11:22 – Colin had a pretty bad evening. He’s only two years old, but he’s already terrified of fireworks. Someone in the neighborhood was setting off heavy stuff. Not just little bottle rockets and firecrackers, but serious rockets with heavy bursting charges, and in large numbers. Hell, they may even have been using a pyrotechnic mortar. Colin jumped every time one of the heavy ones detonated. I’m guessing that whoever was doing it probably burned at least $1,000 worth of fireworks.
I’m working today on internationalizing the biology and chemistry kits, which involves changes to a few of the chemicals in each. In many cases, we can comply with international hazardous materials shipping regulations simply by decreasing the concentration and increasing the amount. For example, the standard biology and chemistry kits include 15 mL of 6 M ammonia, which is hazardous according to IATA. So we’re going to substitute 30 mL of 4 M ammonia in the international kits, which makes it perfectly legal to ship.
For one or two chemicals, the change is more radical. For example, we ship 30 mL of 6 M (~ 20%) hydrochloric acid in our US kits. The maximum concentration allowable under IATA regulations is < 1%, or about 0.3 M. So we'll ship 100 mL of that, which is enough to get most of the labs done. The really annoying thing is the IATA rules on sodium (or potassium) hydroxide, for which they have zero tolerance. Shipping even one mL of 0.001% hydroxide solution violates their regulations. Fortunately, in most countries it's pretty easy to get ahold of solid sodium hydroxide, which is sold in hardware stores, DIY centers, and so on as "lye" or "crystal drain opener". So for hydroxide we have no option but to tell international buyers they'll have to get it locally.
The rest of the changes are pretty minor. For example, in our US kits we ship 15 mL of Sudan III stain solution, which is a tiny amount of the solid stain dissolved in isopropanol (rubbing alcohol). The only way to ship IPA legally under IATA regulation is at a concentration much too low to dissolve the stain powder. So we’ll ship a bottle that has only about 6 mg of the solid stain in it. International buyers will have to fill the bottle with 15 mL of rubbing alcohol and let the stain dissolve.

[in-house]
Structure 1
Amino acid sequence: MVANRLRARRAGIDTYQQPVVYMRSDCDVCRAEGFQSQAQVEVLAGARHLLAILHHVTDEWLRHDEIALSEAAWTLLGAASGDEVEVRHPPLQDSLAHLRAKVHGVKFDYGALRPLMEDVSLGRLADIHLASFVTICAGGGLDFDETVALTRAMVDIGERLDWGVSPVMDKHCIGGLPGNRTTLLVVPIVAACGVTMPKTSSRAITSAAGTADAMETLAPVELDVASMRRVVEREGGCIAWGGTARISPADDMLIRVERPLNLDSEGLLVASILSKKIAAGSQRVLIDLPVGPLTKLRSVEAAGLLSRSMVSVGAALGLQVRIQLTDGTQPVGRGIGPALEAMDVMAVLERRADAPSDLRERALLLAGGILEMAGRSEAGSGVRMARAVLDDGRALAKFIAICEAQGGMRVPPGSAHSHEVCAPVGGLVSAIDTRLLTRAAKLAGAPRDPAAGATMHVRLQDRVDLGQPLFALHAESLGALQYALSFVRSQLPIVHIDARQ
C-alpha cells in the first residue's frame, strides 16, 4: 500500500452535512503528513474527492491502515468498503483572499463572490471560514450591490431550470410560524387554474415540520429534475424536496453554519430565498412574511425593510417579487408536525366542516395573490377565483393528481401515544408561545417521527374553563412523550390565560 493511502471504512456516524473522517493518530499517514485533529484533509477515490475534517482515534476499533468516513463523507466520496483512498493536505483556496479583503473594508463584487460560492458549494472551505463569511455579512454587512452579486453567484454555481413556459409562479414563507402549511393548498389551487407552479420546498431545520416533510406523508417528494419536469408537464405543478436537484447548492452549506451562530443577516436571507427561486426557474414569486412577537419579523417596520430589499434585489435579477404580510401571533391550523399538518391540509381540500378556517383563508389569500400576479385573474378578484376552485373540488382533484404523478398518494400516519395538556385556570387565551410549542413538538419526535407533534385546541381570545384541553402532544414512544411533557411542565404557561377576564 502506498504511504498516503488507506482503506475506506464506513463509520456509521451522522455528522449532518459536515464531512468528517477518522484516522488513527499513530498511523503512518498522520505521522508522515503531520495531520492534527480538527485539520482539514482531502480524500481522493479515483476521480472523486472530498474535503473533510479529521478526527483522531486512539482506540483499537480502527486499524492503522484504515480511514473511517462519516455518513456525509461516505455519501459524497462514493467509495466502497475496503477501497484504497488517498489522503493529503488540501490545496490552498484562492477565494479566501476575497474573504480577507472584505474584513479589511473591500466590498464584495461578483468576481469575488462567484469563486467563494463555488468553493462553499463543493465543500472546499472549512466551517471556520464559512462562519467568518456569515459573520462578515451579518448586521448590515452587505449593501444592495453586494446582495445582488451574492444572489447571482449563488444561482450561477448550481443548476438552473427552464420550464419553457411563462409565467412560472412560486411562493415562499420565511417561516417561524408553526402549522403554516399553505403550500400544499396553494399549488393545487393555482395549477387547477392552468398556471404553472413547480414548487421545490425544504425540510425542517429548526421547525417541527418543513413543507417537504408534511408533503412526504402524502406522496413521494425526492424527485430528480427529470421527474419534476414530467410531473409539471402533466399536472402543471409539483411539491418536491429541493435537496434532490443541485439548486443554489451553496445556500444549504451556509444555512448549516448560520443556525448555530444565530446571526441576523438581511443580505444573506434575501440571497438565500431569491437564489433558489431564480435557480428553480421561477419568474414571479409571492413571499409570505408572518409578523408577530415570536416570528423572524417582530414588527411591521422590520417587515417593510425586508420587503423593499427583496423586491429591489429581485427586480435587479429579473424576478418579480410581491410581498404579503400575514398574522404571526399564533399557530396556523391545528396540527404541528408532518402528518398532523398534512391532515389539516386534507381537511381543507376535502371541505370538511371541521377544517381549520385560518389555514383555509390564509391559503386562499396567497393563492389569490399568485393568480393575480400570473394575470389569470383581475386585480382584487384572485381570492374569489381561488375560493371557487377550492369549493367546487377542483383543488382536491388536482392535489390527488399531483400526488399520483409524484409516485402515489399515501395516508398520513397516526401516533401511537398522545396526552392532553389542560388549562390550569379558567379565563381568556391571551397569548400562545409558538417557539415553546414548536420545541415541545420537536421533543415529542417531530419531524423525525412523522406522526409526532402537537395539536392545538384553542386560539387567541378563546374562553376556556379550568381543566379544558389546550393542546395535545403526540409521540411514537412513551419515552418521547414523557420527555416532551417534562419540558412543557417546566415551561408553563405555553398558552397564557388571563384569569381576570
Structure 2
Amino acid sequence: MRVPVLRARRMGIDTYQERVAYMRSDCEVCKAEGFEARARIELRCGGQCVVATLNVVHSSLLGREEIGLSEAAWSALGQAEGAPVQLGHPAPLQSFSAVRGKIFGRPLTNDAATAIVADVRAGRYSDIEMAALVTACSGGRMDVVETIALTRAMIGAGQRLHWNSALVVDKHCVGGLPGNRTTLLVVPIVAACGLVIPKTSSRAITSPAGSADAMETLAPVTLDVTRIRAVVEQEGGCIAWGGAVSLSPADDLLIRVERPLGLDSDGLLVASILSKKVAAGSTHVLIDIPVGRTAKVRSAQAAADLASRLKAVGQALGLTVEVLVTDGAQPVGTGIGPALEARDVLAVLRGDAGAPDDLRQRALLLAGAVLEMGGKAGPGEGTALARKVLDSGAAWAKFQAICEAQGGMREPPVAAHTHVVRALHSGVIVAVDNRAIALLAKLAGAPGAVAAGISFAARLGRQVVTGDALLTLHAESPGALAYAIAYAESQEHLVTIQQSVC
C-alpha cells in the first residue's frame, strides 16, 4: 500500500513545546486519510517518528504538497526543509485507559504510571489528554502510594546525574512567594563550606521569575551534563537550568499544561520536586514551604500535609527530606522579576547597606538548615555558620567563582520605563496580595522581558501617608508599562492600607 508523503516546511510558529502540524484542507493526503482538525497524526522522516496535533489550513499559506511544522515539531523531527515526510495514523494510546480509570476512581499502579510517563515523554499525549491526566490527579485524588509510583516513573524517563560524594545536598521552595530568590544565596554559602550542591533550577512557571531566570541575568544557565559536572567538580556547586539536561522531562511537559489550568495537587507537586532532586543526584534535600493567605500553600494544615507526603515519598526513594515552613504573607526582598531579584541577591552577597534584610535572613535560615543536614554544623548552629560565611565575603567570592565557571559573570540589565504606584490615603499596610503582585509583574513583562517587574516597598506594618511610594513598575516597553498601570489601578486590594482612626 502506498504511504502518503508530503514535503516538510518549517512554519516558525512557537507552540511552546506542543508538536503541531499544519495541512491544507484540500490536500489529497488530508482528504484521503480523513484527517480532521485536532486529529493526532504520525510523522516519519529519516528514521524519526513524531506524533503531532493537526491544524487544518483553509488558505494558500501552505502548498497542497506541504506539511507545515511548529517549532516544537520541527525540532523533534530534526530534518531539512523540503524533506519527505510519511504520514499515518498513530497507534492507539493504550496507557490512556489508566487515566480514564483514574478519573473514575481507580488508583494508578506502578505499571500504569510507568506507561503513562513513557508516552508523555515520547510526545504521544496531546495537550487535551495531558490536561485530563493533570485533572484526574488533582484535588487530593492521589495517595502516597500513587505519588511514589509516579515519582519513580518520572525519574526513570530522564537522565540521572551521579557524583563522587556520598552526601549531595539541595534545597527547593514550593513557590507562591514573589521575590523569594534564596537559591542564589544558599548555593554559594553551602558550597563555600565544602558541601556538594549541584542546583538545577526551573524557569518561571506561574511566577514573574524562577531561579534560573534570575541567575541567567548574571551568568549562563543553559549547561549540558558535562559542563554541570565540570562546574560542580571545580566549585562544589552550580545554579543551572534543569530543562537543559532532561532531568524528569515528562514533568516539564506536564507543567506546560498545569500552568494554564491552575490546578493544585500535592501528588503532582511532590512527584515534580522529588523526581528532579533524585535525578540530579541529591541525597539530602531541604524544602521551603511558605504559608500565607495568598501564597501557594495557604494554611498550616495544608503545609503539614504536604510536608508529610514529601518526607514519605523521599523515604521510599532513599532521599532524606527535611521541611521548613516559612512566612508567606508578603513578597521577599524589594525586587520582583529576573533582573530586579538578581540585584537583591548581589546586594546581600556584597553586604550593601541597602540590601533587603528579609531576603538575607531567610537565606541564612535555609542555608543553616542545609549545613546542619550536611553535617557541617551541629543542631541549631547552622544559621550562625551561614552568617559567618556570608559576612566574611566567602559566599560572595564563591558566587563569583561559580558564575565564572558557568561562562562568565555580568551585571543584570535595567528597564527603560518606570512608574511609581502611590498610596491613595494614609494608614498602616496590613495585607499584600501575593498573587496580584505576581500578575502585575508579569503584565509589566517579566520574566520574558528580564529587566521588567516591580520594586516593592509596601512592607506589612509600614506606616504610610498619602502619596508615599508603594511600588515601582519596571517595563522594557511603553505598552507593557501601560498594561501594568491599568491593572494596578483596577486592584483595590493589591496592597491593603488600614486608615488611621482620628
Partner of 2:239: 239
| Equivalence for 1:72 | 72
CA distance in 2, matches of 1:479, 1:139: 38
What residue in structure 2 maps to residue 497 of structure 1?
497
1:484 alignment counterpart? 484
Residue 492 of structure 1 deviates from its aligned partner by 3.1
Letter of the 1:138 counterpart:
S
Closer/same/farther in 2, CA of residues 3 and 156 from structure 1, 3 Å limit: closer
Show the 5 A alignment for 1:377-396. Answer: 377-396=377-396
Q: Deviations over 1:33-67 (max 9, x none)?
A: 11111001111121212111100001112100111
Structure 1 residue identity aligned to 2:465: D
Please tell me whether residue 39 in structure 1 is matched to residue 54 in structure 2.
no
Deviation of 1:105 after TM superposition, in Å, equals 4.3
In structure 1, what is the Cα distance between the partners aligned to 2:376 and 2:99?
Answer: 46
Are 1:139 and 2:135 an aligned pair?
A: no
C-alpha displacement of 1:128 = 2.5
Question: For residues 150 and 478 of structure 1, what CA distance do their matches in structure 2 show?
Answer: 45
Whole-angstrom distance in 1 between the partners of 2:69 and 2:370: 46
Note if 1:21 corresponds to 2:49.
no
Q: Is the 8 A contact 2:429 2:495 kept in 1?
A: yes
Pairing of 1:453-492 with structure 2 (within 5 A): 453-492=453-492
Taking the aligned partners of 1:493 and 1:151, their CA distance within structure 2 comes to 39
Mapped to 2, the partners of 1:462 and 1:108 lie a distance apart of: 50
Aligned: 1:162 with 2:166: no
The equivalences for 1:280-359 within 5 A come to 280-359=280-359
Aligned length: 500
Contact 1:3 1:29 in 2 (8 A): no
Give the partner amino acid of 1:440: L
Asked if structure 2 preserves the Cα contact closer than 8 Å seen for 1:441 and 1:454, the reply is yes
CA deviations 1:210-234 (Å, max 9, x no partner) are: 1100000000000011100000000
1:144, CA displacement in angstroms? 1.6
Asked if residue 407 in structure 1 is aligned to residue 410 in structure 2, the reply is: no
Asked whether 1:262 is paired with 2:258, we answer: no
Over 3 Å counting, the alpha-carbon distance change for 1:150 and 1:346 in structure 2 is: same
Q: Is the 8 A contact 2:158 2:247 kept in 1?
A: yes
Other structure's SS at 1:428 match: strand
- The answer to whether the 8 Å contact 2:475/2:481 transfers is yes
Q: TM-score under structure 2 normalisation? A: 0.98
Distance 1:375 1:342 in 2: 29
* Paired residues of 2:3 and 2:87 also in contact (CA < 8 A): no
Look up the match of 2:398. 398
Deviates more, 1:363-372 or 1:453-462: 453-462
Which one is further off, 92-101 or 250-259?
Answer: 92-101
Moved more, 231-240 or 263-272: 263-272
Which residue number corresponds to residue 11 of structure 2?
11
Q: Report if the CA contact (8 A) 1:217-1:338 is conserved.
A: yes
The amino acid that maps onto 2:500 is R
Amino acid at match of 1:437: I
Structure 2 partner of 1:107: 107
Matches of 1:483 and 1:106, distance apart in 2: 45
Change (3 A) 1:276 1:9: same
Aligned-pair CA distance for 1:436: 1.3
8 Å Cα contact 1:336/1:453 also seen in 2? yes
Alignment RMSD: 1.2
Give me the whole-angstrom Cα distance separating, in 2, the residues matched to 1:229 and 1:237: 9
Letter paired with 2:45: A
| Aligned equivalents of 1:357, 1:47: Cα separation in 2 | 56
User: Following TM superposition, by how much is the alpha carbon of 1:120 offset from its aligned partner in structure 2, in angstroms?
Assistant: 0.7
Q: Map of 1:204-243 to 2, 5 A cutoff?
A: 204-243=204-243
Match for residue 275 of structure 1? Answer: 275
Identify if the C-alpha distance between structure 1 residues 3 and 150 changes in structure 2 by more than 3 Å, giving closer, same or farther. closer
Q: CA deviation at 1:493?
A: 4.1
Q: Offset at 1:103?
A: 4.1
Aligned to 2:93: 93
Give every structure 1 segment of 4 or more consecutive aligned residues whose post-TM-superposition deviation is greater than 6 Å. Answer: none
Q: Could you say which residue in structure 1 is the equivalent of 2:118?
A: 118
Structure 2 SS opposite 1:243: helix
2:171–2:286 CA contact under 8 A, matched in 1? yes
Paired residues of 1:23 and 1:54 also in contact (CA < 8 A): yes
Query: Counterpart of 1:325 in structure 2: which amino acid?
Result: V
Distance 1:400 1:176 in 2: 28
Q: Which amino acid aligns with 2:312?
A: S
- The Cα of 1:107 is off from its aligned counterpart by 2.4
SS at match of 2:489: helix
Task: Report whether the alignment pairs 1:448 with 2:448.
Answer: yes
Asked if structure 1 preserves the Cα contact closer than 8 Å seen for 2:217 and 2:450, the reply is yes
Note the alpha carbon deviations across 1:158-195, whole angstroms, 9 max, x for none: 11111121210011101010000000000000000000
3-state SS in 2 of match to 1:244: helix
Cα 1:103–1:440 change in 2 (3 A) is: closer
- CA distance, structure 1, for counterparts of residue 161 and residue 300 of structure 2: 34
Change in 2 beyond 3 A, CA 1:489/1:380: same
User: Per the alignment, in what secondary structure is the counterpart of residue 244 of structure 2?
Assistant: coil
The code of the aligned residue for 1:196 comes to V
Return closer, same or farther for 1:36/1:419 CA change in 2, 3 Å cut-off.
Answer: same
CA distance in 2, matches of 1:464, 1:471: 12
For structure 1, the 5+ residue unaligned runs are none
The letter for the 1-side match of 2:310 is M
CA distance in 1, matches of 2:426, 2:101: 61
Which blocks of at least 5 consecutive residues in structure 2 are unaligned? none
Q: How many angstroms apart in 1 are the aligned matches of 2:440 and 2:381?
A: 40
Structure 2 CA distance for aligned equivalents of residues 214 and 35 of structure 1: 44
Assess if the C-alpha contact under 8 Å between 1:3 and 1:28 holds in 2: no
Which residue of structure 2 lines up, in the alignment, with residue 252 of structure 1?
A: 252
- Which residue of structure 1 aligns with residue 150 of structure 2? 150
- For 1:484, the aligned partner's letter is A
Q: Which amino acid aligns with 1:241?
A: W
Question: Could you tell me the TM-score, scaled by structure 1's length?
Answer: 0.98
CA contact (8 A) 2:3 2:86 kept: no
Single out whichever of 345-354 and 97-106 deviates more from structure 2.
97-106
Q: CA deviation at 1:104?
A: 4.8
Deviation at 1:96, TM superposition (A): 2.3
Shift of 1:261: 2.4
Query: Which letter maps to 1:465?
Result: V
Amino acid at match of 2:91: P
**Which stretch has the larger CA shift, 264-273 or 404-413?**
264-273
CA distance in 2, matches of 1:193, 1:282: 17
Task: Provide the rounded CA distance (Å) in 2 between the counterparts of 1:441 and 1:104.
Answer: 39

We’ll ship international kits via USPS Priority Mail International in boxes we provide, rather than using USPS-provided boxes. Although the boxes cost us a buck or so each, the postage will be at least a few dollars less than it would be if we used a USPS Large Flat-Rate Box.
Other than the chemical differences, the main difference for international buyers will be that they’ll have to pay postage. We won’t know exactly how much until we can get a weight for the international kits, but for the biology kits I’d guess we’re probably talking a postage surcharge of maybe $40 to Canada, $50 to Mexico, and $60 to the UK and most of the rest of Europe. Of course, depending on country, they may also have to pay import duties, VAT, or other fees to the postal carrier when the box is delivered.
The other difference is that for international sales we have no option but to ship FOB Winston-Salem, NC USA. In effect, that means our responsibility ends when we hand the package to the USPS carrier. All risk of loss or damage is assumed by the buyer. We may offer insurance at an additional cost, but it isn’t cheap and it may take literally months to settle a claim for loss or damage, assuming it’s settled at all.
17:25 – I just made up a liter of 0.5 M dipotassium oxalate solution for the international chemistry kits. Which of course gave me a good question for the AP chemistry course I’ll eventually write…
When I was in high school, all of the seniors took the Kuder test. It was intended to come up with recommendations for the careers we were best-suited to pursue. My top three recommendations were, IIRC, research scientist, university chemistry professor, and high-school science teacher. I suspect if I’d been a high school or university science teacher my students would have feared and loathed me.
So, here’s the question I came up with: “You dissolve 56.1056 grams of potassium hydroxide (FW 56.1056 g/mol) in 1000.0 mL of 0.5000 M oxalic acid to make a solution of dipotassium oxalate. To four decimal places, what is the molarity of that solution? If you have insufficient data to answer the question, specify what additional datum or data you need.”
Heh, heh, heh. I remind me of my ungrad p-chem professor. Each test day, he wore his test t-shirt, which had an image of an erect middle finger on the front.